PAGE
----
Just not drinking is good enough.
Today I went swimming with my son, we played football, we ate ice cream. We had a lovely weekend together. And tonight he goes back to his Mums, and I go home, alone. To a different country, a different life and a different world.
It’s hard, it’s great, and it’s possible because I don’t drink, and it’s why I won’t drink tonight.
Today marks around four years since I last had a drink. I’m reluctant to use the word “celebrate” because not drinking should be a normal life choice, a standard way of life, and not something where I continually tick off the days. So I have actually stopped counting the days since I last had a drink because I don’t think it helps.
What does it matter if I get to 5 or if I get to 50 or if I get to 500. Will one number mean “I’m cured” or I have reached a goal and now everything’s all right?
No. It does mark an achievement, a journey that has good days and bad but I doubt day 1,460 will be markedly different from day 1,500. No point in time will mean I’m past the point of having to be aware of my triggers, or a time when I don’t need my coping mechanisms.
It really did help at the beginning but there comes a point when not drinking should be part of normal life and should be unconscious. And most days I’m there. Most days I don’t think about drinking. But some days I do; some dark days are difficult and some days I just want to curl up under the duvet and not have to fight and not have to face the world. On those days I think about drinking but I don’t. But I do compensate in other ways, some good, some bad.
The good ways, well I run and I run and I run and I run. I run a long long way. It really helps me and helps my mind to escape from itself. It’s like meditating while moving.
I can’t think about life or what’s going on in the world because I just have to focus on putting one foot forward in front of the other. And if I’m running hard that’s all I can think of and I push my body as hard as I can, and those moments of pain and pleasure take away the cravings to drink. Temporarily.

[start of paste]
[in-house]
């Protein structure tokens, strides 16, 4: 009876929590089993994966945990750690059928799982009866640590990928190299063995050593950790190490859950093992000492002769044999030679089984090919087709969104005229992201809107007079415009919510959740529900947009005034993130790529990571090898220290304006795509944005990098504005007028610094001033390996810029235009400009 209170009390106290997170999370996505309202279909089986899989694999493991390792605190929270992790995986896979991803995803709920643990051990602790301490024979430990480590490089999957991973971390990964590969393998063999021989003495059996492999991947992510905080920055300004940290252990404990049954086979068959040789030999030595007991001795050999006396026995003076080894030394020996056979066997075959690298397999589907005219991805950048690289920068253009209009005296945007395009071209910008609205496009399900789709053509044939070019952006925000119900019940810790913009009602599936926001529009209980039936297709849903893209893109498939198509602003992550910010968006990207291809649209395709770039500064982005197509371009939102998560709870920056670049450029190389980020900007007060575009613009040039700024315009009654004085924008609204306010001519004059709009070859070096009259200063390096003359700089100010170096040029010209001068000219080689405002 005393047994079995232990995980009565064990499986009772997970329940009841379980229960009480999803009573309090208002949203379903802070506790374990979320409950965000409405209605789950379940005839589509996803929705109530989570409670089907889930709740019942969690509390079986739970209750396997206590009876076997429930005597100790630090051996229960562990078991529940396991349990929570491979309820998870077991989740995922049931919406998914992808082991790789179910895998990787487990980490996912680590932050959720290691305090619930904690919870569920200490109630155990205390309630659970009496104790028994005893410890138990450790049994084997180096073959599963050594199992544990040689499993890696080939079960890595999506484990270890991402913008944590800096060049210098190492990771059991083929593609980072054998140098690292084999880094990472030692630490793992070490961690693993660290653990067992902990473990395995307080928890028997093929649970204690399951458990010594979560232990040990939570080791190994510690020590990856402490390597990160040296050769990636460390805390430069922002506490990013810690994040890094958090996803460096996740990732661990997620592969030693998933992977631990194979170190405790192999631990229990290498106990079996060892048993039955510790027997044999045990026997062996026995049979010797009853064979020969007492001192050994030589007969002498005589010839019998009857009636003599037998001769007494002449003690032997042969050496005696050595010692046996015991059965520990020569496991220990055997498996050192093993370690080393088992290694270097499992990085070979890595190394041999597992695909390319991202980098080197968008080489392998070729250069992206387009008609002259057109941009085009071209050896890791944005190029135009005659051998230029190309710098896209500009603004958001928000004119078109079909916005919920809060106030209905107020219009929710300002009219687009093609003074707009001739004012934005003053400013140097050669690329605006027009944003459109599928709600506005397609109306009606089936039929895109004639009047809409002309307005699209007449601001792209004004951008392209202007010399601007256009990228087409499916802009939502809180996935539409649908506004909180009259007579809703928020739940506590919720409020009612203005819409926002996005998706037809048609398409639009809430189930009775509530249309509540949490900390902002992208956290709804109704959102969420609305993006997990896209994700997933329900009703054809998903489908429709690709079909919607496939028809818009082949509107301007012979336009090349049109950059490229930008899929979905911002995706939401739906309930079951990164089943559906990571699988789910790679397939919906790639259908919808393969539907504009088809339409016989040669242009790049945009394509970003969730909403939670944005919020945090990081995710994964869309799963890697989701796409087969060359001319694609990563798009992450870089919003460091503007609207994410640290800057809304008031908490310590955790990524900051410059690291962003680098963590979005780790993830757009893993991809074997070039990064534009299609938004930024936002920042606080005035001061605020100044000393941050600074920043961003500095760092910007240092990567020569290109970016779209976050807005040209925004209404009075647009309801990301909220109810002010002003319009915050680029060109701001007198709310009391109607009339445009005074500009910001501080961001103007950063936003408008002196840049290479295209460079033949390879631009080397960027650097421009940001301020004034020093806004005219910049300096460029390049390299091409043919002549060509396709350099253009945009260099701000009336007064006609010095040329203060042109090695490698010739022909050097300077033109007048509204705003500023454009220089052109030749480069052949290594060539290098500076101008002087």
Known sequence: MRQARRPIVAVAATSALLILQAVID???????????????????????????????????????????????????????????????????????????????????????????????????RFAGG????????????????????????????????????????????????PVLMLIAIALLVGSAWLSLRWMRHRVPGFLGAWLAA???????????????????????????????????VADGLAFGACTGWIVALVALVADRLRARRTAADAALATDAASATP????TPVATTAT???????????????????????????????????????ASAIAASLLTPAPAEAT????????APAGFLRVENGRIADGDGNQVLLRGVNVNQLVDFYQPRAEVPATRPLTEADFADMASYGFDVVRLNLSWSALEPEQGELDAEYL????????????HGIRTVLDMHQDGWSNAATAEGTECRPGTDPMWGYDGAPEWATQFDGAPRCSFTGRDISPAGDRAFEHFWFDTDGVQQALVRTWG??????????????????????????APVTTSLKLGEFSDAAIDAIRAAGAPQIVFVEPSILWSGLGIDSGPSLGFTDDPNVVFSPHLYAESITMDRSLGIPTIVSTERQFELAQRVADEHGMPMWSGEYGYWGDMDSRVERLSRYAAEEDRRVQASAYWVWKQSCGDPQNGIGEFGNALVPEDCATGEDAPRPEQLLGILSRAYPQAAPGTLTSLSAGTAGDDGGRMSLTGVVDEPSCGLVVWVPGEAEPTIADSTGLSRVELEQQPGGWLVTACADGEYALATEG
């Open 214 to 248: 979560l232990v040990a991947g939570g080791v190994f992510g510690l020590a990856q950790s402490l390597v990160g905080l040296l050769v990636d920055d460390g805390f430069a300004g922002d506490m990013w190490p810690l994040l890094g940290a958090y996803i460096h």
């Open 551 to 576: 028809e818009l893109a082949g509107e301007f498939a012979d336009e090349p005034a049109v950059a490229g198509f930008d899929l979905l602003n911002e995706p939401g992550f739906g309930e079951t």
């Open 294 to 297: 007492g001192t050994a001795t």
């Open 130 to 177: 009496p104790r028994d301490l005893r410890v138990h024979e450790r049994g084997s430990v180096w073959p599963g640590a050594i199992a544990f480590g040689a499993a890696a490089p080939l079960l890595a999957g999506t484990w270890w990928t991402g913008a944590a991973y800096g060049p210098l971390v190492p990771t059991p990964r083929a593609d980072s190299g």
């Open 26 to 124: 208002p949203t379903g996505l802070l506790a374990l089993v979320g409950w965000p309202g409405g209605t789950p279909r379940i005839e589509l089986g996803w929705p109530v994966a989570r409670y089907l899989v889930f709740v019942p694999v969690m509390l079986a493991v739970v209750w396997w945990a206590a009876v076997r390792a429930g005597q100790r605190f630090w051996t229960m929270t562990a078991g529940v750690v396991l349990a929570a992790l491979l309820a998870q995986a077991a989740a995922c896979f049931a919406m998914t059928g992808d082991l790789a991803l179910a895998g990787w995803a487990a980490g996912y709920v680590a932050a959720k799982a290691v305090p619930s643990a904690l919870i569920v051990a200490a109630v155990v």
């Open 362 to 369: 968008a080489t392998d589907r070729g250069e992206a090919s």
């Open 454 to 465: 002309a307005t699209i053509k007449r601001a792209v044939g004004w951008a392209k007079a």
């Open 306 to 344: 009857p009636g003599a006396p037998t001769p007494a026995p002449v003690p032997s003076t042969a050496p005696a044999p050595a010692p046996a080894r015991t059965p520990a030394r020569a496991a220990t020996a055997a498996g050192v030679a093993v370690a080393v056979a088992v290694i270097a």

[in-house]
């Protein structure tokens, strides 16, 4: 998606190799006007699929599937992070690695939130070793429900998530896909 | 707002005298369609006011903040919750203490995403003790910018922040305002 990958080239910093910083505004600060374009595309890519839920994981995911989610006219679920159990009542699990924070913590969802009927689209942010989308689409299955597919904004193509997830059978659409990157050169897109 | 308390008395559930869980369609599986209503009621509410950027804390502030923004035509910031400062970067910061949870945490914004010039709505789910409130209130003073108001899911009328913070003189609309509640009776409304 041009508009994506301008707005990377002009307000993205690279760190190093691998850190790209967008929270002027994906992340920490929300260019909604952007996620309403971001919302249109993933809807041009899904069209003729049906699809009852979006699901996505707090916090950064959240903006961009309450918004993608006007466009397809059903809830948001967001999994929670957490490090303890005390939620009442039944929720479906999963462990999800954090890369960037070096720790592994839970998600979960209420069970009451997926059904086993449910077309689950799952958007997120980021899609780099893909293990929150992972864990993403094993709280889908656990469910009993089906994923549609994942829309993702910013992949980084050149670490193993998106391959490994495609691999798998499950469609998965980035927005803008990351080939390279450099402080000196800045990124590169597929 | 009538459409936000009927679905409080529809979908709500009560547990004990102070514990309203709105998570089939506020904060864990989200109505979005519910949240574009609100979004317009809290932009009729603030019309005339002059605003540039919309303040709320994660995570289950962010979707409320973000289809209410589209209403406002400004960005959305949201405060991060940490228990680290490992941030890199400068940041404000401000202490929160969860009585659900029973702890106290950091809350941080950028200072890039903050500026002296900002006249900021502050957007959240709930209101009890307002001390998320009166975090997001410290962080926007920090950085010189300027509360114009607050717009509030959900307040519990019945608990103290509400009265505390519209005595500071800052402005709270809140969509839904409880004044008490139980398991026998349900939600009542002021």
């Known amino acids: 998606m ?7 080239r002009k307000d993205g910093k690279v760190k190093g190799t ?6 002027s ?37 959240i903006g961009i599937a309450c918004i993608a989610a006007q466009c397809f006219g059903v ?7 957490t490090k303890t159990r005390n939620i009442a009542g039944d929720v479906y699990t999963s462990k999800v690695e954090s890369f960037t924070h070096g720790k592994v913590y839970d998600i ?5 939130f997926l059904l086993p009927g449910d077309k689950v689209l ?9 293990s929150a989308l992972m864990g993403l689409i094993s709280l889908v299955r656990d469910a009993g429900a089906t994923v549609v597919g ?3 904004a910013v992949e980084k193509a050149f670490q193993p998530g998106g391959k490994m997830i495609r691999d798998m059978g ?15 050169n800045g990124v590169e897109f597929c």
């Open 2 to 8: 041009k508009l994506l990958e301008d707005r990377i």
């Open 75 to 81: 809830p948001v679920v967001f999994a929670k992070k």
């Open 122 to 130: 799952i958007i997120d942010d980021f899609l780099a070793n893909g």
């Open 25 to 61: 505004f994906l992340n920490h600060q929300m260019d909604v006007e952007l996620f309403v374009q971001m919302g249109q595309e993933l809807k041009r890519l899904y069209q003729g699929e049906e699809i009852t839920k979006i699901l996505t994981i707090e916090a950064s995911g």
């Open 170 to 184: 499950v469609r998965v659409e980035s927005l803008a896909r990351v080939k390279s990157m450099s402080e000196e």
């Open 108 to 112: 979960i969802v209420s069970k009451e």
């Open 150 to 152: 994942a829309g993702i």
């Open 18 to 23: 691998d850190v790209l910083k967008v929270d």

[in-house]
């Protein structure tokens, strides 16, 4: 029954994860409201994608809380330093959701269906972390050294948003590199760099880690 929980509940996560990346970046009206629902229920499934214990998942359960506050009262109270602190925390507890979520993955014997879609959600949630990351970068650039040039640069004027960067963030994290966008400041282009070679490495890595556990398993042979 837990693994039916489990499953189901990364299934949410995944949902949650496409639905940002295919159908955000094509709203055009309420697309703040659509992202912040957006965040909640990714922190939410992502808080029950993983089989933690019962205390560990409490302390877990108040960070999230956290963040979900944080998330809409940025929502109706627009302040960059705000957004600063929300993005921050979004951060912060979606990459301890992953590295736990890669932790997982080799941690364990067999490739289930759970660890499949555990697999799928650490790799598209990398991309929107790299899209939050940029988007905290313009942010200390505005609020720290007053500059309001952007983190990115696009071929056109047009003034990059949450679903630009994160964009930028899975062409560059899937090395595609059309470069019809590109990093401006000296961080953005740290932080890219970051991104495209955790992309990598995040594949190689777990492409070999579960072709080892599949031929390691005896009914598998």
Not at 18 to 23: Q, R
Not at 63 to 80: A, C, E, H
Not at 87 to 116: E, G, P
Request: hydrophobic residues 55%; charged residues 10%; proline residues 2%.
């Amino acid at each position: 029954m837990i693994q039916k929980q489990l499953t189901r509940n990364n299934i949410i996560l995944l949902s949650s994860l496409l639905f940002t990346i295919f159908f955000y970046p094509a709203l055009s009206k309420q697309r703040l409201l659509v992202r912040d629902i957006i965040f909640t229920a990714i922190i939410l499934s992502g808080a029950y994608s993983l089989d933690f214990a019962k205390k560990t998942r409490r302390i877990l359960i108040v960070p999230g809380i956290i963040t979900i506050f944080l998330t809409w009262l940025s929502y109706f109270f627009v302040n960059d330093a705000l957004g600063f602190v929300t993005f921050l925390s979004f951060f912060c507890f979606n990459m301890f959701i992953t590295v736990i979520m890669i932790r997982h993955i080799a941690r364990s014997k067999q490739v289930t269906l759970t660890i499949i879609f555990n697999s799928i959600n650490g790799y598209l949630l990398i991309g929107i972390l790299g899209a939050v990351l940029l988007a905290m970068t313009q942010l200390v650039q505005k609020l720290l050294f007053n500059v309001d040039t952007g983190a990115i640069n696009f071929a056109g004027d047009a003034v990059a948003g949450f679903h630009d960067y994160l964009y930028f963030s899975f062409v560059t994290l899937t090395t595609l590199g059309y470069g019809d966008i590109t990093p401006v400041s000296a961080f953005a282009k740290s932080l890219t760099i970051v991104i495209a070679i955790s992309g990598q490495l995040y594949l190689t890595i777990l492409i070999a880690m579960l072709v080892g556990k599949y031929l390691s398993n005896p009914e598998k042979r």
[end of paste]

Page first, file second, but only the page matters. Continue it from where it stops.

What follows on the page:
But that’s not the approach I take every time. I have without doubt even after all this time not drinking replaced one addictive behavior with another albeit less damaging. Sugar.
I eat a lot of chocolate. I eat a lot of ice cream. And I eat a lot of biscuits. But that’s ok and even if I binge out and finish the tub or finish the packet I’ll feel bad but at least I haven’t had a drink. And also in balance with the running I’m not in a bad place physically. My weight is pretty steady at around 67 kg which for my height is fine. But I am at least conscious that when things get tough the sugar comes out.
While I push my body harder than is probably good in the long term, I don’t drink and that is the one thing I should be proud of myself.
So I no longer drink and if you no longer drink and it’s been one day, one week, one month; then brilliant. Count days and focus on just getting to a point where you don’t think about drinking all the time. And when you get to that point then don’t beat yourself up if you have a few extra biscuits or a bar of chocolate or whatever it takes to just not drink. Because all the matters at the end of the day is just not drinking.
Your life will be better for it, your life matters.